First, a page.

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Old 05-24-2009, 05:52 PM   #1
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Showering during Lightning storm?


You know someone had to bring this up, and being that summer is just about upon us, tis the season...

All the while growing up, I was warned by my mom not to shower, or even go near plumbing or electrical appliances during a lightning storm.
Now that I have grown up, and understand a lot more about electricity, I am asking myself whether or not this warning was just a myth, or is there some truth to it.

I Googled the phrase "struck by lightning while showering" and did come up with some hits, but they are few and far between, and mostly in the mid west where storms get a lot more severe than they do here in NJ.

Most, if not everyone I have ever brought up this question with looked at me as though I were an alien from a distant world.
I realize that in order to get enough current in your plumbing system to cause electrocution in the shower, the house would pretty much have to be hit directly.

I would also think the chances would be at least partially dependent on how well the building's electrical and other metallic parts are grounded.

What do you think?

FW

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Old 05-24-2009, 06:14 PM   #2
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Showering during Lightning storm?


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Originally Posted by KE2KB View Post
You know someone had to bring this up, and being that summer is just about upon us, tis the season...

All the while growing up, I was warned by my mom not to shower, or even go near plumbing or electrical appliances during a lightning storm.
Now that I have grown up, and understand a lot more about electricity, I am asking myself whether or not this warning was just a myth, or is there some truth to it.

I Googled the phrase "struck by lightning while showering" and did come up with some hits, but they are few and far between, and mostly in the mid west where storms get a lot more severe than they do here in NJ.

Most, if not everyone I have ever brought up this question with looked at me as though I were an alien from a distant world.
I realize that in order to get enough current in your plumbing system to cause electrocution in the shower, the house would pretty much have to be hit directly.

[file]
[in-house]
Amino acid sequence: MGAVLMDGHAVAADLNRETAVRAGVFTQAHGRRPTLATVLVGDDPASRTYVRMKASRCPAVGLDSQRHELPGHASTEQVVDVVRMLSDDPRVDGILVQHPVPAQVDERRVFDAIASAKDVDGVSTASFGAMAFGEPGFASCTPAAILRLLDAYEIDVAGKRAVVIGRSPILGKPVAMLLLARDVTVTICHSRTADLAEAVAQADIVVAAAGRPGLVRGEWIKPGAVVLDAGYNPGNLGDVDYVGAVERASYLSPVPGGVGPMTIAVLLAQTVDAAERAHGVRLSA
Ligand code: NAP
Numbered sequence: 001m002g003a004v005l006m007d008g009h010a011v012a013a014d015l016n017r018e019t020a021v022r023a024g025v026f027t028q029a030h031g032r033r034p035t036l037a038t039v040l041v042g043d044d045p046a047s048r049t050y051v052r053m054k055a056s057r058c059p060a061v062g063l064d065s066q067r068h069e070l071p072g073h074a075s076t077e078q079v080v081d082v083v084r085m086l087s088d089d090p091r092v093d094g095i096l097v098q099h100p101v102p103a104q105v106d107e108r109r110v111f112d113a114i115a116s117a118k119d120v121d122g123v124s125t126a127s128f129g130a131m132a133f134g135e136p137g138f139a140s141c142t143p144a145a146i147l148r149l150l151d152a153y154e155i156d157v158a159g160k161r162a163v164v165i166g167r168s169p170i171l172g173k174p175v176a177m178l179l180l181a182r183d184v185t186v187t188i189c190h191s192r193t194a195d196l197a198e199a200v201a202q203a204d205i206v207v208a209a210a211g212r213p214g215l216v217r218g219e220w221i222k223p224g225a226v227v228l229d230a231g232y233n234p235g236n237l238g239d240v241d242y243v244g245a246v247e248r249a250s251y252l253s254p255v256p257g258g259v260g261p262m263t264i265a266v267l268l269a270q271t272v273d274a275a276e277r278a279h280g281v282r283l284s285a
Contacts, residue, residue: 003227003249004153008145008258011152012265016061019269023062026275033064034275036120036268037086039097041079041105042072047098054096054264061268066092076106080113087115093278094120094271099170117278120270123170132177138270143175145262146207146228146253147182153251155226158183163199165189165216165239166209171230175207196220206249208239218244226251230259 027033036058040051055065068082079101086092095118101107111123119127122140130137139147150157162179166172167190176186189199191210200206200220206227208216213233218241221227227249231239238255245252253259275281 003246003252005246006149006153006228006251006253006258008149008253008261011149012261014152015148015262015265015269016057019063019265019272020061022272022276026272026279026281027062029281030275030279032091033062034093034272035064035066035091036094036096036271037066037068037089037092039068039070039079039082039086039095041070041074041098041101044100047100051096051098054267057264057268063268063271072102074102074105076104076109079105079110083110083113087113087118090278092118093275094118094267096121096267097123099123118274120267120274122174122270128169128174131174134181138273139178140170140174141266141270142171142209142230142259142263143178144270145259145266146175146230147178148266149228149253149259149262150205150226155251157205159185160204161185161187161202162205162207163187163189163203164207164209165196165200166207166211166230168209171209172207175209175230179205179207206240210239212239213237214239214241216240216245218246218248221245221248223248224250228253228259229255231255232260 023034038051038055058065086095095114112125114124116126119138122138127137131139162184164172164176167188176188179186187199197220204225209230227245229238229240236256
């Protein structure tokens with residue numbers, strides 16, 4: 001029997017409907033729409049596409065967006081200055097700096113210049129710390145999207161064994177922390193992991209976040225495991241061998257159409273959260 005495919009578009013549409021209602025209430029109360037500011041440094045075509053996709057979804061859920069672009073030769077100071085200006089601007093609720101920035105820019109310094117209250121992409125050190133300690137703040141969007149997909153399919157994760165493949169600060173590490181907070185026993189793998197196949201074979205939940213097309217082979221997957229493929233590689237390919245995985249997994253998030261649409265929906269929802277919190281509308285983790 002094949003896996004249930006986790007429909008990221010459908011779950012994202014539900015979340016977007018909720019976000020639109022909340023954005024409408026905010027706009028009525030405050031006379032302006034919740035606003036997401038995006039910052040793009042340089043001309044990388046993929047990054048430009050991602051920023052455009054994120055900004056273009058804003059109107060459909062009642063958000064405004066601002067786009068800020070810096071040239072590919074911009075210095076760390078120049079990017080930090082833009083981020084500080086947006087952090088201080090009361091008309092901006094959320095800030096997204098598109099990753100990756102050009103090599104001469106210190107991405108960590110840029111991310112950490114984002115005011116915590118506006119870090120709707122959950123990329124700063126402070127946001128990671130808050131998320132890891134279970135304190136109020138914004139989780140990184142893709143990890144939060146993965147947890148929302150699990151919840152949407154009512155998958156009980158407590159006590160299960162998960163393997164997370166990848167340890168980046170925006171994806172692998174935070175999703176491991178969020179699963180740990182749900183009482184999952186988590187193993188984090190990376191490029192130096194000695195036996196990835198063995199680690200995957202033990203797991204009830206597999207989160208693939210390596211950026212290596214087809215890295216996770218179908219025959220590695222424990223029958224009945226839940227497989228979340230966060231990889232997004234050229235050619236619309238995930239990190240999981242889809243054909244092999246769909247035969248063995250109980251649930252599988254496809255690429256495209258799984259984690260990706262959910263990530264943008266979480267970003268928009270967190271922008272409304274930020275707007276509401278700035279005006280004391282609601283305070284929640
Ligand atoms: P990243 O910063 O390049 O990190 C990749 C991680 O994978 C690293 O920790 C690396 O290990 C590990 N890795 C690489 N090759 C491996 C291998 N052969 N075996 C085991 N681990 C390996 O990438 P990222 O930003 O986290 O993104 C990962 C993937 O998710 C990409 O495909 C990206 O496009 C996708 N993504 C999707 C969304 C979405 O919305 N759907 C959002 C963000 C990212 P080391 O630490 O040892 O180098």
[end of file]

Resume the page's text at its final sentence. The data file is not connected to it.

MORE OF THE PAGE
I would also think the chances would be at least partially dependent on how well the building's electrical and other metallic parts are grounded.

What do you think?

FW
I think you might want to understand current flow, ampacity, a little better:

1 milliamp Just a faint tingle.
5 milliamps Slight shock felt. Disturbing, but not painful. Most people can "let go." However, strong involuntary movements can cause injuries.
6-25 milliamps (women) and 9-30 milliamps (men) Painful shock. Muscular control is lost. This is the range where "freezing currents" start. It may not be possible to "let go."
50-150 milliamps Extremely painful shock, respiratory arrest (breathing stops), severe muscle contractions. Flexor muscles may cause holding on; extensor muscles may cause intense pushing away. Death is possible.
1,000-4,300 milliamps (1-4.3 amps) Ventricular fibrillation (heart pumping action not rhythmic) occurs. Muscles contract; nerve damage occurs. Death is likely.
10,000 milliamps (10 amps) Cardiac arrest and severe burns occur. Death is probable.
15,000 milliamps (15 amps) Lowest overcurrent at which a typical fuse or circuit breaker opens a circuit!

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Old 05-24-2009, 06:53 PM   #3
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Showering during Lightning storm?


Those facts don't really address my question. I do understand the effects of current through the body, but it is impossible to predict how much current will reach your body while in the shower if lightning should hit your house.

FW
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Old 05-24-2009, 07:07 PM   #4
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Showering during Lightning storm?


If your house have all copper pipes and grounded and bonded properly the lighting will take the shortest route from sky to ground.

Yeah I do live in Great Northen Plains area and from time to time we do get pretty ugly thunderstorm with alot of lighting as I mention again if properly bonded and grounded it is not a issue but any more facts that part I do not know if any one got hit by lighting in shower time so that is a open question.

BUT I heard story and I think I may have a confirmed case about the telephone lighting strike somewhere not far from me { how long ago it was that I think it was early 90's that the last time I heard }( I think Mythbuster try that one I don't recall if they got thru or what )

Myself I did took shower during thunderstorm few time yeah all my copper pipes are well bonded and there is no PVC in the water supply. it feel like monster Fardey cage but normally a common sense useally tell me not to take the shower during the thunderstorm due somecase it will turn worst than that.

Merci.Marc
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Old 05-24-2009, 07:17 PM   #5
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Showering during Lightning storm?


http://kwc.org/mythbusters/2005/03/m...gun_showe.html
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Old 05-24-2009, 08:14 PM   #6
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Showering during Lightning storm?


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What do you think?

FW
If there's no penalty for waiting out the storm, then wait.

Lightning is "above the law" (of physics). At least it sometimes seems to be.
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Old 05-24-2009, 10:02 PM   #7
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Showering during Lightning storm?


Even though you did not seem to answer ke2kb's question directly. But since you mentioned the various effects of electrical current through the body, it's in place to mention that in wet and other potentially hazardous locations the NEC requires installation of a GFCI outlet or Circuit Breaker! Those devices open the circuit when they sense 5 milliamps of leakage current. As opposed to 15,000 ma. The regular breaker is meant to protect against overloads not against leakage current!!!